She saw, at first, a hallway of ghosts, of specters in sweatpants and compression socks. They drifted listlessly along the hand railings, across the open space in front of the nurses’ desk. Breath hung faintly on their lips, their eyes unseeing, hands trembling on nothingness. Then everything shifted, settled a bit, and once more they were elderly people lined up waiting to die.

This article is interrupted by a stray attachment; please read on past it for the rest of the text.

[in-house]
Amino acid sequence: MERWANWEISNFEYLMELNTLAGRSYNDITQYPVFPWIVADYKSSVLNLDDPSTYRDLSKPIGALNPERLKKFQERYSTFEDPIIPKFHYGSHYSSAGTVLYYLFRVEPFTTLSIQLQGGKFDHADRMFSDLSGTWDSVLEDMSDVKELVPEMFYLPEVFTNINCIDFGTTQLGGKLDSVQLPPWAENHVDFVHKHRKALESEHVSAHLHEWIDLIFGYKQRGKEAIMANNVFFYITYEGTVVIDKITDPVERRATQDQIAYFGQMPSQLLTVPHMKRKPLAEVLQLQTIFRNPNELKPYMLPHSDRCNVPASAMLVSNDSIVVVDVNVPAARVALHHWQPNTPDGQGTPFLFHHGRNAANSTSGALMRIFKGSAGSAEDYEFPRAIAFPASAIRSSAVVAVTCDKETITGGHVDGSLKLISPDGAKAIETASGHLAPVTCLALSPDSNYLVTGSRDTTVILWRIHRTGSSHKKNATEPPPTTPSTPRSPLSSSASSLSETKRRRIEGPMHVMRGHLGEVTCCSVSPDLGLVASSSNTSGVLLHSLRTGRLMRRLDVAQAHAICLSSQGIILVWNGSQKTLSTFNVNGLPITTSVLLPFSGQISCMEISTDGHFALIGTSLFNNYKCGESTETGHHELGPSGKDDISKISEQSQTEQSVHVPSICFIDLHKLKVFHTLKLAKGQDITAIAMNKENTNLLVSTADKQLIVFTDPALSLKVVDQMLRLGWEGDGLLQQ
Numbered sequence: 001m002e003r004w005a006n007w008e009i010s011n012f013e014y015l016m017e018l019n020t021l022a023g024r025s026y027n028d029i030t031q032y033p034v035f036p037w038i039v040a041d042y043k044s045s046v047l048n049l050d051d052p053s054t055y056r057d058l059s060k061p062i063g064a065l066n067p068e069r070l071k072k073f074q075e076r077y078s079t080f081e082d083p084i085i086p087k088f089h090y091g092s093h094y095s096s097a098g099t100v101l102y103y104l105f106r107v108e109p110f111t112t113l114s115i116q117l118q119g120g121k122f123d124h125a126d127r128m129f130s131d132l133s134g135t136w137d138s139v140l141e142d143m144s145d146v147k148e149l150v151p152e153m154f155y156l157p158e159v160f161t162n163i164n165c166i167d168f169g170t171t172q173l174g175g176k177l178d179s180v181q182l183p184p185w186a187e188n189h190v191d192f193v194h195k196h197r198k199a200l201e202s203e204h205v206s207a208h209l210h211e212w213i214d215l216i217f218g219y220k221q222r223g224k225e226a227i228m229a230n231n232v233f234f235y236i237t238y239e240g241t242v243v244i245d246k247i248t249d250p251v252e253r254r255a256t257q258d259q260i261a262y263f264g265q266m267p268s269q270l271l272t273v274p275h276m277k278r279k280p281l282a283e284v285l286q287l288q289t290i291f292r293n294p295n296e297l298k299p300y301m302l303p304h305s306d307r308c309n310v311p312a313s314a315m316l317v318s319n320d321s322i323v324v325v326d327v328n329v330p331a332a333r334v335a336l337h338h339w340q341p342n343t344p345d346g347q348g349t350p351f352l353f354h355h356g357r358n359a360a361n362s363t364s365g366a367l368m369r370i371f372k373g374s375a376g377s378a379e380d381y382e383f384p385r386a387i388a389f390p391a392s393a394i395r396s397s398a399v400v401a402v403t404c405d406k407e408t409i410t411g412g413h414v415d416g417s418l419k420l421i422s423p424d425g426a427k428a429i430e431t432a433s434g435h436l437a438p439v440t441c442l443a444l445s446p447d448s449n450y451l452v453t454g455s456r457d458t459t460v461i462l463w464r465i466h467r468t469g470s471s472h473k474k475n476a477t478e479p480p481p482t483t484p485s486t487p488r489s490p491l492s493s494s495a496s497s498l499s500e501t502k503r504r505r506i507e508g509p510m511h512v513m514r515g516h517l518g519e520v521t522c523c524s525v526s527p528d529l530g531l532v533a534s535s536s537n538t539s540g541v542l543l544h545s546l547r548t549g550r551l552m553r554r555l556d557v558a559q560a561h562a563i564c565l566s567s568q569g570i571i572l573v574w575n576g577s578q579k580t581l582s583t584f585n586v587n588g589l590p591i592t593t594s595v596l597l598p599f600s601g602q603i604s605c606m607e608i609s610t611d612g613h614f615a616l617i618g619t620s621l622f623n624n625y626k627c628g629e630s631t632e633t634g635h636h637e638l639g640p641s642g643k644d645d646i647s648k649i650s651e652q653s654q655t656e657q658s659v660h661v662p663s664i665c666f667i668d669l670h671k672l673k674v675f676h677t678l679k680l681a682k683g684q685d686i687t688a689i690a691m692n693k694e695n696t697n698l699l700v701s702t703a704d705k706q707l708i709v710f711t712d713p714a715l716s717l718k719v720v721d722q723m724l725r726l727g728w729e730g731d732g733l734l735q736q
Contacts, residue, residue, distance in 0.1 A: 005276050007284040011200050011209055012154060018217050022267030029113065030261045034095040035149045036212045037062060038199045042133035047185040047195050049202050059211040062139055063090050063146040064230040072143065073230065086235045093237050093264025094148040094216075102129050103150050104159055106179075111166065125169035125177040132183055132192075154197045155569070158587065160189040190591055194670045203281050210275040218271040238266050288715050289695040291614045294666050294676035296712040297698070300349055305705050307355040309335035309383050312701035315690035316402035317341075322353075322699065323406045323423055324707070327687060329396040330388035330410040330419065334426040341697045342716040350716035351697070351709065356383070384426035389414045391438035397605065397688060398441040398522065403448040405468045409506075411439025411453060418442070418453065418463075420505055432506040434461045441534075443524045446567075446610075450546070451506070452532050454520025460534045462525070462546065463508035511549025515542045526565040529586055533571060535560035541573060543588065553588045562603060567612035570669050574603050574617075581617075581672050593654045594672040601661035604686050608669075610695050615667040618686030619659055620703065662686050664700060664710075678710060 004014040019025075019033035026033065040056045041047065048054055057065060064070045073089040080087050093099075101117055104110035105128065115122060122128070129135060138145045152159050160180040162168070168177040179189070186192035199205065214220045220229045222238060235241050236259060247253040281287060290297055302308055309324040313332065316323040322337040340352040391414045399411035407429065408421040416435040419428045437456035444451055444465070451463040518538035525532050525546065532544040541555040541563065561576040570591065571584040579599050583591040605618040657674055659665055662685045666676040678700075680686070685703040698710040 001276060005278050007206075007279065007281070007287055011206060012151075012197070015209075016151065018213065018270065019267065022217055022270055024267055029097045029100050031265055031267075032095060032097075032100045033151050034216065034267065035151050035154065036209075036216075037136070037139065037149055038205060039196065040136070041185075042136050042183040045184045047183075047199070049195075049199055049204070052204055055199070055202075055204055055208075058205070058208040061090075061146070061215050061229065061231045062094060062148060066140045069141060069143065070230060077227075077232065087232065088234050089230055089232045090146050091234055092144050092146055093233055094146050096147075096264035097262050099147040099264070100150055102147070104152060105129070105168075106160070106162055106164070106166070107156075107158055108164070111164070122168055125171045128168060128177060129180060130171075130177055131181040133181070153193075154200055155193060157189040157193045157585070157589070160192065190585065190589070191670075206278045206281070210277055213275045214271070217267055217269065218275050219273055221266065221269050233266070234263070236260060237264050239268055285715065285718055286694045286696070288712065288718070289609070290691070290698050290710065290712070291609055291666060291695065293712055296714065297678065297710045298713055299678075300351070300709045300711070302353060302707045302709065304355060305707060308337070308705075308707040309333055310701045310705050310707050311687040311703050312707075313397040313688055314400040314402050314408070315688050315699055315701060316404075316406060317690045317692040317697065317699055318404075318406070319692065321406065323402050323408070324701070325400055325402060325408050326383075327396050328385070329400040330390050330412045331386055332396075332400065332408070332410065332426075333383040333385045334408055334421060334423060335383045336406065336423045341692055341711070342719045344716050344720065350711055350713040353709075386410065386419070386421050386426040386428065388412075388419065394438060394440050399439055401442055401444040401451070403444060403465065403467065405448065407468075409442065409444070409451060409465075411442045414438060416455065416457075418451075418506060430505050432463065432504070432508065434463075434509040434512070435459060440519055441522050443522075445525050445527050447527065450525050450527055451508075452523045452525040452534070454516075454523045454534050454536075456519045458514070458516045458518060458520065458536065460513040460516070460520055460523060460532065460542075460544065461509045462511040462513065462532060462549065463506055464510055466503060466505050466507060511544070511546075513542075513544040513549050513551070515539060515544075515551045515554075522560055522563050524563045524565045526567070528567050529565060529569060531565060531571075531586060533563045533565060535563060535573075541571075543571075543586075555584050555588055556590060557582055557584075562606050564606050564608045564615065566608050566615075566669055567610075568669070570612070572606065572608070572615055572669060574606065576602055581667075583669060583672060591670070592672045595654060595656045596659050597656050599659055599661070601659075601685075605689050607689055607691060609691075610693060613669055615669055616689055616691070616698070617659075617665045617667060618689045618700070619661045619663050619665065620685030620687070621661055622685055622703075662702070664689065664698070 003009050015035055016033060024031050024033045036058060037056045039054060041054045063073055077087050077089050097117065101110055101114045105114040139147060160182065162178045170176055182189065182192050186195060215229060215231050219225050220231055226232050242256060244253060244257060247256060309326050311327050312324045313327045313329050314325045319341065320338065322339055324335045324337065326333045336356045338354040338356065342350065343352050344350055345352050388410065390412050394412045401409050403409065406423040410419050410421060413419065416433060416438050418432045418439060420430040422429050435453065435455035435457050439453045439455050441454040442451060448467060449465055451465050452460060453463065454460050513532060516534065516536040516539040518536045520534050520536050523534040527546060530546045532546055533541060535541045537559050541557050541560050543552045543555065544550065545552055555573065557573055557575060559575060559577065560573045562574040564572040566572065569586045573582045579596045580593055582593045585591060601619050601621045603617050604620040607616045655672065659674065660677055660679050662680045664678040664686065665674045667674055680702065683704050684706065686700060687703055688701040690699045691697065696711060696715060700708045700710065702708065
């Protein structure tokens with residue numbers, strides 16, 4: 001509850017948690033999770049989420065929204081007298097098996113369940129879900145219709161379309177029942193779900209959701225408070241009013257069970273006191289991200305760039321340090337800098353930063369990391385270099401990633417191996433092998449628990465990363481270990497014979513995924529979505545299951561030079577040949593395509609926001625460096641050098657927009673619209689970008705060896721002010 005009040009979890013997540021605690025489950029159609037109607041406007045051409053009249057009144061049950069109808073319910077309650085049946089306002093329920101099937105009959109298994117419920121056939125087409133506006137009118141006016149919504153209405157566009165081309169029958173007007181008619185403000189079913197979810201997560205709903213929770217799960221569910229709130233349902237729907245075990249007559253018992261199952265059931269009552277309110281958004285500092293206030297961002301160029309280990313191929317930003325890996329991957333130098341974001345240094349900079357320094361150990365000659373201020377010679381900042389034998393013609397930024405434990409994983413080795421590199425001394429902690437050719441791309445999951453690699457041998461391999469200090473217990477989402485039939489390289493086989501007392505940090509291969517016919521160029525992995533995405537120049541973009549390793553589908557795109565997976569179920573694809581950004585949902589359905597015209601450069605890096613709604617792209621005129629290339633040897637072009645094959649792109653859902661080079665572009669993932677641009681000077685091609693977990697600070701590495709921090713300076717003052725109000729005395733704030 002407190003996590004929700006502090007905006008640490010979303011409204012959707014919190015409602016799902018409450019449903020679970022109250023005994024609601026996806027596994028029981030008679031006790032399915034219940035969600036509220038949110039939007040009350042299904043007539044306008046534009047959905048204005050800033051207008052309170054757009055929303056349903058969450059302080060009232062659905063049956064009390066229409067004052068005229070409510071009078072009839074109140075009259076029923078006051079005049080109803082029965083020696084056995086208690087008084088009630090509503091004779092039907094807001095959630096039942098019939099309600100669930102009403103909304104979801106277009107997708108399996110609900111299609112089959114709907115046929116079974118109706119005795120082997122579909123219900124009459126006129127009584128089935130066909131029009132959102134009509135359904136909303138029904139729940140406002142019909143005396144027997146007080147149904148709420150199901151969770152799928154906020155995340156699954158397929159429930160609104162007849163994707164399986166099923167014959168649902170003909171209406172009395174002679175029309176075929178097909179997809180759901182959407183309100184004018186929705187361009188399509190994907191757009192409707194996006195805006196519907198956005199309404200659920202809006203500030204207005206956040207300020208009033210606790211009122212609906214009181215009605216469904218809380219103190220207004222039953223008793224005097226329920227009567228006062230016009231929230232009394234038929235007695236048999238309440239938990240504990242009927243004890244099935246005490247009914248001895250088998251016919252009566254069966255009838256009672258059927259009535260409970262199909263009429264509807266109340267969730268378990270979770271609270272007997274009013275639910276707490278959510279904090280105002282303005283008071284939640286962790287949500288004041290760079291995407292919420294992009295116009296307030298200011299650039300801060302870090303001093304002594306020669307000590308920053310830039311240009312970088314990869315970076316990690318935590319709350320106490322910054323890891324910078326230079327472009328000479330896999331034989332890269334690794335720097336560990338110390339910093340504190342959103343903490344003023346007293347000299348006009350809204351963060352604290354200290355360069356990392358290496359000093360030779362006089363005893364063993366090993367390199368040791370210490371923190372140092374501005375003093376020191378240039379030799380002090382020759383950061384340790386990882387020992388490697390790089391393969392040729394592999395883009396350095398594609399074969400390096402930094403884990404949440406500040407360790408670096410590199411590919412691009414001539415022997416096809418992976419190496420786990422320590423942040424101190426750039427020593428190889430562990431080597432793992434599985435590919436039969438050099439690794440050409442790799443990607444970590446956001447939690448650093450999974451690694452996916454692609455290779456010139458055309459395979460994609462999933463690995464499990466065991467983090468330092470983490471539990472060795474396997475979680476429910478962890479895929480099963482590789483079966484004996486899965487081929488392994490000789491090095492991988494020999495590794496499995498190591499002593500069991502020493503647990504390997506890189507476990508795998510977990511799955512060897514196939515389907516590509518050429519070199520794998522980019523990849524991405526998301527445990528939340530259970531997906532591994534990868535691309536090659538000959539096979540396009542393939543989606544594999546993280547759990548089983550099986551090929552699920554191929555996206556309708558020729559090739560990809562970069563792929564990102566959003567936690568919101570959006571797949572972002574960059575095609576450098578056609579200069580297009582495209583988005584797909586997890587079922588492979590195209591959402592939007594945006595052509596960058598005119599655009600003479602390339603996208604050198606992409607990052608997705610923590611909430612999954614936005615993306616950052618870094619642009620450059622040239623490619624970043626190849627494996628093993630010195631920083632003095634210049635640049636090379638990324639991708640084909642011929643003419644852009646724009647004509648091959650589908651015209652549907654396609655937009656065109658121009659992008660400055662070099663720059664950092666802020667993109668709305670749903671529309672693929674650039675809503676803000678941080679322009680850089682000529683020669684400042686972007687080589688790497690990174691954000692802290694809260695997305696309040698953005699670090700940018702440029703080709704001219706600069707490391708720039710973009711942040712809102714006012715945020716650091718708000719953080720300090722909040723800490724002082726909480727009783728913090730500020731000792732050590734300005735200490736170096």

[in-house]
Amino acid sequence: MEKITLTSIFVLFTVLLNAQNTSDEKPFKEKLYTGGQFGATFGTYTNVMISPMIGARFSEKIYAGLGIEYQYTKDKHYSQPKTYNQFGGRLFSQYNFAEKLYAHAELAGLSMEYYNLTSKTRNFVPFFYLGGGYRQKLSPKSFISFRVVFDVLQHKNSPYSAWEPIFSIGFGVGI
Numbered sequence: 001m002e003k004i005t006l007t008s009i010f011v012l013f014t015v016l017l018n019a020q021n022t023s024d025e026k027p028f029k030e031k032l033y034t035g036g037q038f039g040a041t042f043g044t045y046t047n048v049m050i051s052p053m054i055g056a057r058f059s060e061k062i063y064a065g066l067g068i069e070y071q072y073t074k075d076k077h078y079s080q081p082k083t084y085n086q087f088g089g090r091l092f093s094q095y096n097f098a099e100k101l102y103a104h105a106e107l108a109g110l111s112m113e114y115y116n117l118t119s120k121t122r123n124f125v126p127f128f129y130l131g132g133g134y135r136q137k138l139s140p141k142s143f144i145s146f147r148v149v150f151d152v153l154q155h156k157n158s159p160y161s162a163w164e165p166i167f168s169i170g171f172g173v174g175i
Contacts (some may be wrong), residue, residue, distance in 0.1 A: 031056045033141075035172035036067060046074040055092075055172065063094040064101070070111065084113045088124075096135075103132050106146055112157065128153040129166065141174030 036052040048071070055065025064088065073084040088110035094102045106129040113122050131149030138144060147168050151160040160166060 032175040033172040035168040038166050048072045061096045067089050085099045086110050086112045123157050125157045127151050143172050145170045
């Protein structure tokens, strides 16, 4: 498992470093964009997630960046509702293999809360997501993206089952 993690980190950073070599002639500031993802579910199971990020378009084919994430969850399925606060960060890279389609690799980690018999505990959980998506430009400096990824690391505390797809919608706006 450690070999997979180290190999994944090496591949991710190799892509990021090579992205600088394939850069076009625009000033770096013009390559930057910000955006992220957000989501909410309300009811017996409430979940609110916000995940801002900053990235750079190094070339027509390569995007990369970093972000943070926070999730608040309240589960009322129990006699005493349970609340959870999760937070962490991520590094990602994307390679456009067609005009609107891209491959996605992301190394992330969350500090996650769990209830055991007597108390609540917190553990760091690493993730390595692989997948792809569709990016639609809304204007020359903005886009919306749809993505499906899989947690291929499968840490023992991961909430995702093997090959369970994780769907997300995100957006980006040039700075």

Hell exists, she thought; it’s here on this back street through these sliding glass doors, up three floors on the elevator. The sounds of hell are the muffled shuffling of swollen feet, the soft scrape of a glass of water that can’t clink because it’s styrofoam and the ice has melted. The scent of hell is disinfectant, and hell is lit with fluorescent lights, and above the mad red glow of the Exit sign, are emblazoned Dante’s famous words — “All hope abandon, ye who enter here.”